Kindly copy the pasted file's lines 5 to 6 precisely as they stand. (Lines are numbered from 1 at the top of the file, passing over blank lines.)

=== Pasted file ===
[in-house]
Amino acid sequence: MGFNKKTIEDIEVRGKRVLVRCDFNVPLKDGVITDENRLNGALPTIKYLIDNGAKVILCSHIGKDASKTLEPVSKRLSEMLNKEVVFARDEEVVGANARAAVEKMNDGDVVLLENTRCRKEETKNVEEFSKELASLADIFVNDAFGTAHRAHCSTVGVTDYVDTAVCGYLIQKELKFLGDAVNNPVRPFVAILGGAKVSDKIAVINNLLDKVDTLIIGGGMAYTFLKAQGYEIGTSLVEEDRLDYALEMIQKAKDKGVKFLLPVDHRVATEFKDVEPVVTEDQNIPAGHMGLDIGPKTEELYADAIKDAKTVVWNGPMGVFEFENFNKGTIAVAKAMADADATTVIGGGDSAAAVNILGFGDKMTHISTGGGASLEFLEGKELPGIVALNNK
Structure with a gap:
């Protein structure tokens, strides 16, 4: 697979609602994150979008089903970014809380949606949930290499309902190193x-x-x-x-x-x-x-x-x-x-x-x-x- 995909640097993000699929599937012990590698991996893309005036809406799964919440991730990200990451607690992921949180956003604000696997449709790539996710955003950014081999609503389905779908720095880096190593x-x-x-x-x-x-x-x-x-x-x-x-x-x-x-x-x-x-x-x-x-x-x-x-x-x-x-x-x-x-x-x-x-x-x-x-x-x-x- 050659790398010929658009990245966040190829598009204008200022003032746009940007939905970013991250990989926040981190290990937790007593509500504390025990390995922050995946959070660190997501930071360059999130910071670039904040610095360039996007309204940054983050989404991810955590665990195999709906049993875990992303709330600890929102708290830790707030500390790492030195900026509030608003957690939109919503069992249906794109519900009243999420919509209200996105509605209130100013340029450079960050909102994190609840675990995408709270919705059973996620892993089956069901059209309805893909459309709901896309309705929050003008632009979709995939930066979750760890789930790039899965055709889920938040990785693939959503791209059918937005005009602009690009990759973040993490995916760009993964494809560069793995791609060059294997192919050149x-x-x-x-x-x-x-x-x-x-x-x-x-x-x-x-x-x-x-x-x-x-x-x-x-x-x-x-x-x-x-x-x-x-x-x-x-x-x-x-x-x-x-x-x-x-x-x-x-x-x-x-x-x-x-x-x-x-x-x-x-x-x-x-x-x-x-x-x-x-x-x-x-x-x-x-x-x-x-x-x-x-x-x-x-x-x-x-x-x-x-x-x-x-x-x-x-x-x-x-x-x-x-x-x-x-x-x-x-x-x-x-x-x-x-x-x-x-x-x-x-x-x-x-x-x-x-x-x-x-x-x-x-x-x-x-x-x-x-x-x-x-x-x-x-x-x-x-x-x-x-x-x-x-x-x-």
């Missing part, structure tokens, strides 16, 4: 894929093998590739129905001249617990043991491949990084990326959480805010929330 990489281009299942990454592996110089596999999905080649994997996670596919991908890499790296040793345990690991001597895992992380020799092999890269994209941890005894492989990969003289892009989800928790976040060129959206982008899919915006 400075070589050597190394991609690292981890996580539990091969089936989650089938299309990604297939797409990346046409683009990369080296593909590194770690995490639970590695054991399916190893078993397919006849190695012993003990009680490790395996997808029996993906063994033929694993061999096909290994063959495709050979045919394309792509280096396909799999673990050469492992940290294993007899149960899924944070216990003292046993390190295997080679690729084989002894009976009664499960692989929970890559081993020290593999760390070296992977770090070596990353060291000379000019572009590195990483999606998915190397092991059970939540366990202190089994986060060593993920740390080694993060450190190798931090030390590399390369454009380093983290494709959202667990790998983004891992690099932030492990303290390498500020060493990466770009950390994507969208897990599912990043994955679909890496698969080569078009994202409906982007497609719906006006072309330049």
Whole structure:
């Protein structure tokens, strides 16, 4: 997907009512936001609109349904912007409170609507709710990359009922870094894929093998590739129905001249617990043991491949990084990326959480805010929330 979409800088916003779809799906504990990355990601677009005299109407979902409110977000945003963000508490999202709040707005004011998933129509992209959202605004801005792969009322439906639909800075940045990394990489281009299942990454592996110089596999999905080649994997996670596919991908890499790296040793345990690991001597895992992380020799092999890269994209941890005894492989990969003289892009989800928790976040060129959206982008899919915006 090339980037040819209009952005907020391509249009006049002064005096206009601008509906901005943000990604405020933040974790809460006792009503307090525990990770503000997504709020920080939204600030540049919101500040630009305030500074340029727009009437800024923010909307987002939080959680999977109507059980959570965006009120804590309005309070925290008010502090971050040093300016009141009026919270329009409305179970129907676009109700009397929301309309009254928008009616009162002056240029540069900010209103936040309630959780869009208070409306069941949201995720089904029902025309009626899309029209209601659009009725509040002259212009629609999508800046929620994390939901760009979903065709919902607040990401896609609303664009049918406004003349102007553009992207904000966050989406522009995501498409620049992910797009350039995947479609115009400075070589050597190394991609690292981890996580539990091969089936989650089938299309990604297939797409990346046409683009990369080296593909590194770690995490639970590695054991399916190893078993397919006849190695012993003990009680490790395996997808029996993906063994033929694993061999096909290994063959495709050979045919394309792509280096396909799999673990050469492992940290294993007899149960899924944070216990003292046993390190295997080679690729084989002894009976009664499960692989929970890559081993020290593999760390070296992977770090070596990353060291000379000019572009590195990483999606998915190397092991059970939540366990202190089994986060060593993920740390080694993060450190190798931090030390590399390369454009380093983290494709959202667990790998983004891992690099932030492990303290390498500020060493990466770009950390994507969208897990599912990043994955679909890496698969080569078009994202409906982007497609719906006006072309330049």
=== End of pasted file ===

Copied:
């Missing part, structure tokens, strides 16, 4: 894929093998590739129905001249617990043991491949990084990326959480805010929330 990489281009299942990454592996110089596999999905080649994997996670596919991908890499790296040793345990690991001597895992992380020799092999890269994209941890005894492989990969003289892009989800928790976040060129959206982008899919915006 400075070589050597190394991609690292981890996580539990091969089936989650089938299309990604297939797409990346046409683009990369080296593909590194770690995490639970590695054991399916190893078993397919006849190695012993003990009680490790395996997808029996993906063994033929694993061999096909290994063959495709050979045919394309792509280096396909799999673990050469492992940290294993007899149960899924944070216990003292046993390190295997080679690729084989002894009976009664499960692989929970890559081993020290593999760390070296992977770090070596990353060291000379000019572009590195990483999606998915190397092991059970939540366990202190089994986060060593993920740390080694993060450190190798931090030390590399390369454009380093983290494709959202667990790998983004891992690099932030492990303290390498500020060493990466770009950390994507969208897990599912990043994955679909890496698969080569078009994202409906982007497609719906006006072309330049």
Whole structure: